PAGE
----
Assessment criteria        grade               Teacher, peer, or self-assessment
Methods: aim to
make these
appropriate, and as
simple or elegant as
possible.
Methods justified
The principles or
formulae used are
made clear
Working: aim to
make working clear;
complete; easy to
follow; stating
principles or formulae
used where necessary.
Care taken: aim to
check your work for
errors, and present
work neatly.
Main strengths




Remember:
      It’s okay if you don’t fully understand a concept first time, learning takes time.
      If this work is graded, aim to beat your own record, not someone else’s
      what counts is whether you understand the problem and solution, not whether you
       made any silly slips
      If you got something wrong that’s fine. It’s how we learn.
      You will learn from mistakes if you find out how to do it without mistakes next time,
       and really understand this.


Corrective work on this exercise


(Find someone with an A for …….. and ask them to show and explain their work.)
Target for your next piece of work




Freely based on ‘Using Assessment to Raise Achievement in Mathematics’ QCA Nov 2001
Strengths


Opportunities for Development


General Comments




Below are examples of assignment-specific assessment proformas:

Assessment Criteria       Strengths and development

Plan for improving        I like your ideas on diet exercise and
Health       and          entertainment. Most points well covered.
well-being                A well designed table! Some rest would
                          help. Read assignment brief carefully!

Purpose for this plan     You explain this well referring to
                          evidence. Quite the best bit of your
                          assignment.
General Comments.         I notice some of your work is neater, keep
                          this up.

Student‟s goals:          Comments:

Be better at checking     You have definitely achieved an
my spelling               improvement here Simon.


Criteria                     Student assessment   Teacher assessment
A diagram of the heart:
accurate, neat, and
correctly labelled



Explanation of how the
heart works:
valve sequence, and
bloodflow.
General comments
                                        Vocational Skills – Care

                             Self-assessment of key criteria for written work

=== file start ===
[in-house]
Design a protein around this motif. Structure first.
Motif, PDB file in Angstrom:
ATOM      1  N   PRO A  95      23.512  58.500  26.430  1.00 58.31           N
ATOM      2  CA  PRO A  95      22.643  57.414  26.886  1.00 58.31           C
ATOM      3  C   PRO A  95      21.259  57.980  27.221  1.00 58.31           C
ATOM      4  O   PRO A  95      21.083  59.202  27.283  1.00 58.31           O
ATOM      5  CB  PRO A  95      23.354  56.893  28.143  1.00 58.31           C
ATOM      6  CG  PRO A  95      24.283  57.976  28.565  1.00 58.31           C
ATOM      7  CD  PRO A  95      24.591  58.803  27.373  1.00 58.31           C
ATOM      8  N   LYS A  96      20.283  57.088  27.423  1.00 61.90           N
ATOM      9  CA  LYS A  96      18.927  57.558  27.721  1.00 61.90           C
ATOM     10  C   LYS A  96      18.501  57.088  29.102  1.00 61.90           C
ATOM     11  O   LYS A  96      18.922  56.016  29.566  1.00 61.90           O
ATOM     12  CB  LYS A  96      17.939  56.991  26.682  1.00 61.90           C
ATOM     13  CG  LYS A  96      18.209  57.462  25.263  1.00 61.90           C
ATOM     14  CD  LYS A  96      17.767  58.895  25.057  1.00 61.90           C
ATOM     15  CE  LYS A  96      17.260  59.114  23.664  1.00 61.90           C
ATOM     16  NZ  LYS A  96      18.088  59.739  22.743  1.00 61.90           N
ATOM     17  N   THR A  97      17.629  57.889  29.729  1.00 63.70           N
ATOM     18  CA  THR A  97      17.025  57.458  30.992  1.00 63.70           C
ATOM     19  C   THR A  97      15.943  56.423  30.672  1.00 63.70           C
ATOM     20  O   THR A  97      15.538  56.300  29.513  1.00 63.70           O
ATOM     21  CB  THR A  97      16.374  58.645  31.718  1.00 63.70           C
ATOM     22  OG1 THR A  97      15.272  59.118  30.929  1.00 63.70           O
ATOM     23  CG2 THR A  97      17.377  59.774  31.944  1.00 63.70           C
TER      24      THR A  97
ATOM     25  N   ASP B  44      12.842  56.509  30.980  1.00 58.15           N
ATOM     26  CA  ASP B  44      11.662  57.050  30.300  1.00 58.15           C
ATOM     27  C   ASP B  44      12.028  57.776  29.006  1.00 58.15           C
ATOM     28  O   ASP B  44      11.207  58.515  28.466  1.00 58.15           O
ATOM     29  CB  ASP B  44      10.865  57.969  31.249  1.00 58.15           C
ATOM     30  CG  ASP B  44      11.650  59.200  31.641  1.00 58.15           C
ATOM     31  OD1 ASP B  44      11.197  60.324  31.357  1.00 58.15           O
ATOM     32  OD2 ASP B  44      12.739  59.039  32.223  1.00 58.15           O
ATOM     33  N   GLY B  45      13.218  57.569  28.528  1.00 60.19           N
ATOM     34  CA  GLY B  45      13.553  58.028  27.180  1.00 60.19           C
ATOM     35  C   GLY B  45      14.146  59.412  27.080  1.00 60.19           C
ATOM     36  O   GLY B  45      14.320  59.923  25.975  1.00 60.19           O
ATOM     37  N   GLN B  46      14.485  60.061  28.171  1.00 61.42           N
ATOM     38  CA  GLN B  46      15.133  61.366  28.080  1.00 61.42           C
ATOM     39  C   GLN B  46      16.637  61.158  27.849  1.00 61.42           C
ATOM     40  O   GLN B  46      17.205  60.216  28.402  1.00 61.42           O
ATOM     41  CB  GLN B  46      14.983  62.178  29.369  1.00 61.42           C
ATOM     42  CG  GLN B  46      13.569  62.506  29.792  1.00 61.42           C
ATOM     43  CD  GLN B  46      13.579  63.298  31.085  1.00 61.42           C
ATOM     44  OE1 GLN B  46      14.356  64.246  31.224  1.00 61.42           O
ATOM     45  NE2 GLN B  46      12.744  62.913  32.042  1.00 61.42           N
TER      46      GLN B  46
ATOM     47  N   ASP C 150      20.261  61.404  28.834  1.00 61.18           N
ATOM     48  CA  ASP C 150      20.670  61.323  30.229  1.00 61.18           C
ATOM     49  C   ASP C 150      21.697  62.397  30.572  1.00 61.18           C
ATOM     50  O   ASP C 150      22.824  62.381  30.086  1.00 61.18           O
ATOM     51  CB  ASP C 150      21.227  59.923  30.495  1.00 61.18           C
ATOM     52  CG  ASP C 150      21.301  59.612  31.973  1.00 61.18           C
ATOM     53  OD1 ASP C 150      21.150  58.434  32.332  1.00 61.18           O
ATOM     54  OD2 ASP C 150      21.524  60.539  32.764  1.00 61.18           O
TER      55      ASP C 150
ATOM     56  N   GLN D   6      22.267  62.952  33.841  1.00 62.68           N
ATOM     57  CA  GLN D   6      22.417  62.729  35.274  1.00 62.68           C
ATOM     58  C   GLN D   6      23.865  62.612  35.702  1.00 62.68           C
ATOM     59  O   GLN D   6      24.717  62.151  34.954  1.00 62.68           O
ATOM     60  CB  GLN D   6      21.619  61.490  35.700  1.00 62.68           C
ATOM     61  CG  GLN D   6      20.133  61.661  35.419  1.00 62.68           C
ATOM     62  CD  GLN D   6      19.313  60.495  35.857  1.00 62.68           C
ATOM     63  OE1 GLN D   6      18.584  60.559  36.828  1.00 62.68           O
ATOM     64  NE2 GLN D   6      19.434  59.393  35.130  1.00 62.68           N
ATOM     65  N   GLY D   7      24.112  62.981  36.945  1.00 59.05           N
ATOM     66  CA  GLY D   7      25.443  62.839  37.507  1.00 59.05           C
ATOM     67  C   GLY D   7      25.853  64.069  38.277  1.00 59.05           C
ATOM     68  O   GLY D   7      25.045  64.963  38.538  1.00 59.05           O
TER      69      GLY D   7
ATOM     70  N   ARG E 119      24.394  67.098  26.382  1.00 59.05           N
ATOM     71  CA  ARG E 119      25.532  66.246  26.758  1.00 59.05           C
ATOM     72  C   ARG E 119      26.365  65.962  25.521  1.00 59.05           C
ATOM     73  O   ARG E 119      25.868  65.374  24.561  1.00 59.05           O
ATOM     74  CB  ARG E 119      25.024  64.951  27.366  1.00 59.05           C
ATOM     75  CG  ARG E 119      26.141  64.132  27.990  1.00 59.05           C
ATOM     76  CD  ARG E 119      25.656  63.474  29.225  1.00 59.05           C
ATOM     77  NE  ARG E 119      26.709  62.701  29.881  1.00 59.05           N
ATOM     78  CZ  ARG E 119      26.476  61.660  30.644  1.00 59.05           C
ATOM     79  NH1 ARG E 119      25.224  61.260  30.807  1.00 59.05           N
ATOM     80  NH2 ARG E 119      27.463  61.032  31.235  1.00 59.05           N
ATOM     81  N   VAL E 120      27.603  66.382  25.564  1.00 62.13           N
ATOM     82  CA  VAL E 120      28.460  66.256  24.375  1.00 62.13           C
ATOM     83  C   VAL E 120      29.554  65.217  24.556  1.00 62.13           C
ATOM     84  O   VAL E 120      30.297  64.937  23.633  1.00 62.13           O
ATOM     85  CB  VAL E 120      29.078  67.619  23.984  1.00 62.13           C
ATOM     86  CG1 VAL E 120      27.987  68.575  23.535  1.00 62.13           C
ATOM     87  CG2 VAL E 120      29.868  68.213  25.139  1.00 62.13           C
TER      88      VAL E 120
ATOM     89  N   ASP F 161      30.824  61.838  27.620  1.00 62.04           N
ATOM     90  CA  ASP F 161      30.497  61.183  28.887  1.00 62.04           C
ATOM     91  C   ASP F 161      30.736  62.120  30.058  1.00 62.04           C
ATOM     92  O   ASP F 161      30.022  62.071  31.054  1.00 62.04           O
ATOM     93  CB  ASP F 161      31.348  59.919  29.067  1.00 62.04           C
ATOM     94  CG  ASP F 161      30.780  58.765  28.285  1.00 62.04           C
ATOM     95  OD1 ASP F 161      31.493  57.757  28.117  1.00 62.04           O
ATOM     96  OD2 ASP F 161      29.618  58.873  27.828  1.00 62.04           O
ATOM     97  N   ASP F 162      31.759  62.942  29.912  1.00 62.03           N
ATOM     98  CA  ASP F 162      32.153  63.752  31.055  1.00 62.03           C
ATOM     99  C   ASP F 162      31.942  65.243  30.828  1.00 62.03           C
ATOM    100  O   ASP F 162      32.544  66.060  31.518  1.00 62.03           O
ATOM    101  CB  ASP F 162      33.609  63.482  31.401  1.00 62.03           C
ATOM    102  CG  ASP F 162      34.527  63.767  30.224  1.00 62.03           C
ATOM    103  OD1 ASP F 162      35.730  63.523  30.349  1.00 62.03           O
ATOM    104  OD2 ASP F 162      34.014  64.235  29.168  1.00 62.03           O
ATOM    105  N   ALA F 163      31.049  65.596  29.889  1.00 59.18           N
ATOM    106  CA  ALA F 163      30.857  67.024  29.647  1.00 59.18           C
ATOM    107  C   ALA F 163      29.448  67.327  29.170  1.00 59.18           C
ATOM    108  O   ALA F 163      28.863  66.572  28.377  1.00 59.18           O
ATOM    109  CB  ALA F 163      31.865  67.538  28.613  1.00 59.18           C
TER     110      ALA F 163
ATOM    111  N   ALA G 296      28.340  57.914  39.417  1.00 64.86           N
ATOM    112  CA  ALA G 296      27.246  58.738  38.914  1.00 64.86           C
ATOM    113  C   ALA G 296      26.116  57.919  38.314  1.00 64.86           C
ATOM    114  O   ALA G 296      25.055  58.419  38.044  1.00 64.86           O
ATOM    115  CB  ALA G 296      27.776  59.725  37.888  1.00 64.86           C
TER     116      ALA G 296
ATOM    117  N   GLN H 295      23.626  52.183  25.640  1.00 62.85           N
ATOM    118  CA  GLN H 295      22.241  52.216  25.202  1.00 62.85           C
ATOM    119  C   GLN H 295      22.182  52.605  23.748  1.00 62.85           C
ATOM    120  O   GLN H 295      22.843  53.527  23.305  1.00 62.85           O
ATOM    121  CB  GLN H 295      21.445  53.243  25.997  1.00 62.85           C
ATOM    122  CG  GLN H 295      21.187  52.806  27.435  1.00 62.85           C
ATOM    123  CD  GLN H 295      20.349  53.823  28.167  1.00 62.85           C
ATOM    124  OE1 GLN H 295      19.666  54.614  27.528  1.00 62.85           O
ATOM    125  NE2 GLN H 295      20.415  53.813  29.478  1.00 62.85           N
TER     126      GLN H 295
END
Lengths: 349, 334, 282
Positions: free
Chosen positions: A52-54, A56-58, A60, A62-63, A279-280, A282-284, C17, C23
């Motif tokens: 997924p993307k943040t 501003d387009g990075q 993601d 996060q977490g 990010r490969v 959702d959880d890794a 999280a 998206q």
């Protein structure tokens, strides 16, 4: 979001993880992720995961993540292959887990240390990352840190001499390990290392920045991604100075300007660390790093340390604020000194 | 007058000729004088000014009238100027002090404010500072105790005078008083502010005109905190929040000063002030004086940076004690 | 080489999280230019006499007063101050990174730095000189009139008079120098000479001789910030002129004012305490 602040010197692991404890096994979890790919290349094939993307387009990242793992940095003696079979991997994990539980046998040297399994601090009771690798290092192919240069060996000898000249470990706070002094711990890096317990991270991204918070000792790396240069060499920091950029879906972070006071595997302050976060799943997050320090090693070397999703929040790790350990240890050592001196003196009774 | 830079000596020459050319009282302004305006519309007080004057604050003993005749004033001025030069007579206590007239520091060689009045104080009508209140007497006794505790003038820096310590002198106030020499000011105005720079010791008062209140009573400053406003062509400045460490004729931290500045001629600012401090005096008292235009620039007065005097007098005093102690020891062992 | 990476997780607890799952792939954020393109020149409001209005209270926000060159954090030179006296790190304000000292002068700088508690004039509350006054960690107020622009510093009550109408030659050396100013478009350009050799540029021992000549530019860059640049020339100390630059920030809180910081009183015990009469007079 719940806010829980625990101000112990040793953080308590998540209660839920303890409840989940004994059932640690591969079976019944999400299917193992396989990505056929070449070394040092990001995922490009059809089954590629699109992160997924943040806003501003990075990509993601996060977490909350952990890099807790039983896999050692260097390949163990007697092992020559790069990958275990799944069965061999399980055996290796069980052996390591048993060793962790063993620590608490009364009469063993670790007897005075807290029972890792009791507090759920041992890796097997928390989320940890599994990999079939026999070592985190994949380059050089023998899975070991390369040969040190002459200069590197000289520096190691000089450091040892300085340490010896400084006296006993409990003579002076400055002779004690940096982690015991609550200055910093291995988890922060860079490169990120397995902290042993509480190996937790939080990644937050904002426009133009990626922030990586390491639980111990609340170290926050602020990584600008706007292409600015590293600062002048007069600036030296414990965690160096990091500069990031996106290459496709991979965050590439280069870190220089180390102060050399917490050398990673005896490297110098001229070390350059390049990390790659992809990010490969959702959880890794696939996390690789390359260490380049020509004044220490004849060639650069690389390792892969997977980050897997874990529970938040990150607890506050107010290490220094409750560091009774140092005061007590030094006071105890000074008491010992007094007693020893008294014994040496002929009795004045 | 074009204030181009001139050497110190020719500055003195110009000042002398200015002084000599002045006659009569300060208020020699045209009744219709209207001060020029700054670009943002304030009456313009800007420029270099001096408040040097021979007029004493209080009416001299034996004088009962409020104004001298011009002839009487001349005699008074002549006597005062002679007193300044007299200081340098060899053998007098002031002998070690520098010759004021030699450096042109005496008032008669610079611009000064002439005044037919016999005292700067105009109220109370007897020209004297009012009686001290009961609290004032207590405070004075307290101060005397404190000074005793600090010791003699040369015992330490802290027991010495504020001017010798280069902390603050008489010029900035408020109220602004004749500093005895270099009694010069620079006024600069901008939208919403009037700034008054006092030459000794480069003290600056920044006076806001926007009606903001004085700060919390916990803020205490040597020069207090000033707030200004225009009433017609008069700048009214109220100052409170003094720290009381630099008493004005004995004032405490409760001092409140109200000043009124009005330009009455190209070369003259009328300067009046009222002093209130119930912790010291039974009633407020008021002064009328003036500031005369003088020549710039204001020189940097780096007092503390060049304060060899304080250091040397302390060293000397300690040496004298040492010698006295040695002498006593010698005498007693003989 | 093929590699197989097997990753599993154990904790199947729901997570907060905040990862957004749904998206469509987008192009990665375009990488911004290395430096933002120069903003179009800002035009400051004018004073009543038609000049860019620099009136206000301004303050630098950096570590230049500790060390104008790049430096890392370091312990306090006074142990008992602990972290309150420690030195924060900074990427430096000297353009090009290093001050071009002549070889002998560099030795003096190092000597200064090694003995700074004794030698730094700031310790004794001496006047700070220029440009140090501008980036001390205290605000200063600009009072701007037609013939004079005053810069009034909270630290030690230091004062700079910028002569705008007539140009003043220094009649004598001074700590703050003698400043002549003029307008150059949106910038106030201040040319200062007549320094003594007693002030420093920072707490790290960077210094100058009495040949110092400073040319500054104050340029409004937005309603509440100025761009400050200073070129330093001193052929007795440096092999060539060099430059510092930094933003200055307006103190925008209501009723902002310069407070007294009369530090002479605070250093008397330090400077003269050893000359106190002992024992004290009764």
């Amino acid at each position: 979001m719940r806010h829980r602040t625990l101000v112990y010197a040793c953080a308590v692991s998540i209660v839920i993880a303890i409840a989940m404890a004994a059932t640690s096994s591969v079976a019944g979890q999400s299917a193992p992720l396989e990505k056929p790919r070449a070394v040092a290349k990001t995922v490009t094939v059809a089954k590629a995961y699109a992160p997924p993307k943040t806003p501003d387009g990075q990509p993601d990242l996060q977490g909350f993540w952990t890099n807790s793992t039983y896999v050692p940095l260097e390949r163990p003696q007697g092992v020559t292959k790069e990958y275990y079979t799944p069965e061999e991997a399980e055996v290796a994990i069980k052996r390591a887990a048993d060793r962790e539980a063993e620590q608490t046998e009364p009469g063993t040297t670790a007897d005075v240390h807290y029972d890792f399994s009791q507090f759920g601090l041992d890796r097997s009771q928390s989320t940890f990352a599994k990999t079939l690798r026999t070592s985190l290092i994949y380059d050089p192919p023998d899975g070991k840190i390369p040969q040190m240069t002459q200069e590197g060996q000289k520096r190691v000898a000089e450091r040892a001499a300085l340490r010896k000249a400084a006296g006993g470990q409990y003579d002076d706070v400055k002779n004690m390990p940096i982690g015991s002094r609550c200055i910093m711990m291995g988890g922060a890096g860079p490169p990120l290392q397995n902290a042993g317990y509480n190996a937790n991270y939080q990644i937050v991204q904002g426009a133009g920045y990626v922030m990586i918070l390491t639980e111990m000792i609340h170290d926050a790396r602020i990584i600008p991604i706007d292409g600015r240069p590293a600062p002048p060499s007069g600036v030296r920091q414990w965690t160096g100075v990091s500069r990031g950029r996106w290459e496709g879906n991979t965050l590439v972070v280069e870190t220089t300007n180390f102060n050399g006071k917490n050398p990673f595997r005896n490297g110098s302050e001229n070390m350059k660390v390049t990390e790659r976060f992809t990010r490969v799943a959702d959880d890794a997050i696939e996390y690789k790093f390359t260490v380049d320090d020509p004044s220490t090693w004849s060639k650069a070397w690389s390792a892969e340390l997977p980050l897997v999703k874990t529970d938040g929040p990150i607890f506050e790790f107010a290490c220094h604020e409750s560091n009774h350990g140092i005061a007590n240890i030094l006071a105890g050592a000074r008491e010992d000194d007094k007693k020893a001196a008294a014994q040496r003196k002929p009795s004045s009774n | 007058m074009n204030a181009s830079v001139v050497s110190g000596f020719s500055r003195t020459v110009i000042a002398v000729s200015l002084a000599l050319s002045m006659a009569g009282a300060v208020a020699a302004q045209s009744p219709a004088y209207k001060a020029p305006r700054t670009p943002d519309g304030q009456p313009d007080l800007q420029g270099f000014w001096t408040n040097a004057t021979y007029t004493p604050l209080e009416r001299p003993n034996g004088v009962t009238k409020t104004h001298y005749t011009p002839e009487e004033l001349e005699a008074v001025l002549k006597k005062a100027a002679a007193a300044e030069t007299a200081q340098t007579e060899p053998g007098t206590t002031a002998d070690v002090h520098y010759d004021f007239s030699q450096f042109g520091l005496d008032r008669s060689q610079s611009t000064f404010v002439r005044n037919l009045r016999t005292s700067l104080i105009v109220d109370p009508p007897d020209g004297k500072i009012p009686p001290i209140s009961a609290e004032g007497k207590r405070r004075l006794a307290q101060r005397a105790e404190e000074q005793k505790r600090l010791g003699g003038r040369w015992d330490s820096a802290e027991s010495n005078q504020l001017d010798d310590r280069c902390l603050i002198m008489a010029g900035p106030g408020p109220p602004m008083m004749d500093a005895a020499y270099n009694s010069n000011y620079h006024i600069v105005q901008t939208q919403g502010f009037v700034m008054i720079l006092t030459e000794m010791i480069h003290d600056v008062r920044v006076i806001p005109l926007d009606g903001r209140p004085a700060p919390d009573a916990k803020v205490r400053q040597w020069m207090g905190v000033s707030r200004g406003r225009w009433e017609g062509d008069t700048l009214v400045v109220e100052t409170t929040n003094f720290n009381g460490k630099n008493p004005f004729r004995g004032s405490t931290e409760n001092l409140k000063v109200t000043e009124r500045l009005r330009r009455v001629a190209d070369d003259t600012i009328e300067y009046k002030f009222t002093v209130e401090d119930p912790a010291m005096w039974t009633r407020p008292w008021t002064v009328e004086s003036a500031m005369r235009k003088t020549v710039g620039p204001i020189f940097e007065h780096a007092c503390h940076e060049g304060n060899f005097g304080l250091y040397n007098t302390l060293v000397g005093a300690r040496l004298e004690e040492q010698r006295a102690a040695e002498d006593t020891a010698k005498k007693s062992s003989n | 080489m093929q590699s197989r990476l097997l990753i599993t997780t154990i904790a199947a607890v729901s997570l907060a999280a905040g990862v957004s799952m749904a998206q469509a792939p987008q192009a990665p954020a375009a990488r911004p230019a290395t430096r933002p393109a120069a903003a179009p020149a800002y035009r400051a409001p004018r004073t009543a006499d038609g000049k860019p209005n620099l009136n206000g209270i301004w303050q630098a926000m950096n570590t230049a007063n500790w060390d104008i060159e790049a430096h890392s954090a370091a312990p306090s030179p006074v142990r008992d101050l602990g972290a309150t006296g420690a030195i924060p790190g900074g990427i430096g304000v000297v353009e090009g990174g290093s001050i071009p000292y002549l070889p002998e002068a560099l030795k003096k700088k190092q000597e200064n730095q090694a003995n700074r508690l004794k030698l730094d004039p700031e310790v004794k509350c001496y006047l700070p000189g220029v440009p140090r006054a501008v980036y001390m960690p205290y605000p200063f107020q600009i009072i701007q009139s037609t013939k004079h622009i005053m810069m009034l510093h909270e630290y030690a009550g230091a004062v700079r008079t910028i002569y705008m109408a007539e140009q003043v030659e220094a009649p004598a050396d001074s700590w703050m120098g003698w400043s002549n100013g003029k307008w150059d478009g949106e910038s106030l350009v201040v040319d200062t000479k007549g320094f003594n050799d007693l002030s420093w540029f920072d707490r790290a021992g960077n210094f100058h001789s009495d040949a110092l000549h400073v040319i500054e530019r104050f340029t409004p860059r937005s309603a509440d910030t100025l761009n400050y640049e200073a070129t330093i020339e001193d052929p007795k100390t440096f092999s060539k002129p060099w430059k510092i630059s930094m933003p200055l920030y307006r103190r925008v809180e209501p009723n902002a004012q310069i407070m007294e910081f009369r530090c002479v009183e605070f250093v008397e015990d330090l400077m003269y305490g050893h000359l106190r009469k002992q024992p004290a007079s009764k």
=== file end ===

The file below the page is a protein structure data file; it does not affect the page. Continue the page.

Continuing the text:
Below is a list of some of the most important skills needed when completing any written tasks.
These skills will help you achieve your Care Modules and will also help you in the future whenever
you need to find out information for yourself and present it well.

Please think about each skill carefully and assess how well you think you do. Then score each one
as follows

                         Red:           Needs improving
                         Amber:         Average/okay
                         Green:         good.

         Skill                 Red     Amber     Green             Teacher assessment
Neat writing

Correct spelling

Using paragraphs

Using only relevant
information

Writing in your own
words

Using the library

Using computers and
the internet

Keeping a record of
sources of information
eg. books, internet
sites, etc.
Finding pictures,
articles, leaflets, etc to
add interest to your
work
Handing work in on
time


Which of these skills do you need to improve most?

Learning Target for next piece of work:
                             Assessment of Writing Skills


Please think about each skill carefully and assess how well you think you do. Then score
each one as follows. Please hand in your plan with your finished work.

                                    Self Assessment
              Skill             Didn’t I think I did          Teacher Assessment
                                          I did
Plan

Used sentences well

Used paragraphs well

Used verbs well

Proof read

Used capital letters well

Used full stops and commas
well
apostrophes
spelling
Appropriate style
Answered the question
Good conclusion




 Strengths:


 Corrections needed for this piece of work:



 Targets for next written assignment:
English Literature AS

             Unit 3 Assessment: 20th Century
Name:                                             Tutor:
AO                  Criteria                 Comment
            Grasps significance of
             differing critical
             opinions in title
            Uses more than one
             approach
 4
            Confident judgement of
             text
            Personal response
            Conceptual approach
            Overview
            Clear, accurate
             expression
            Relevant response well-
 1           focused on task
 2          Methodical, structured
 3           approach
            Develops an argument
            Analyses detail
            Focuses on presentation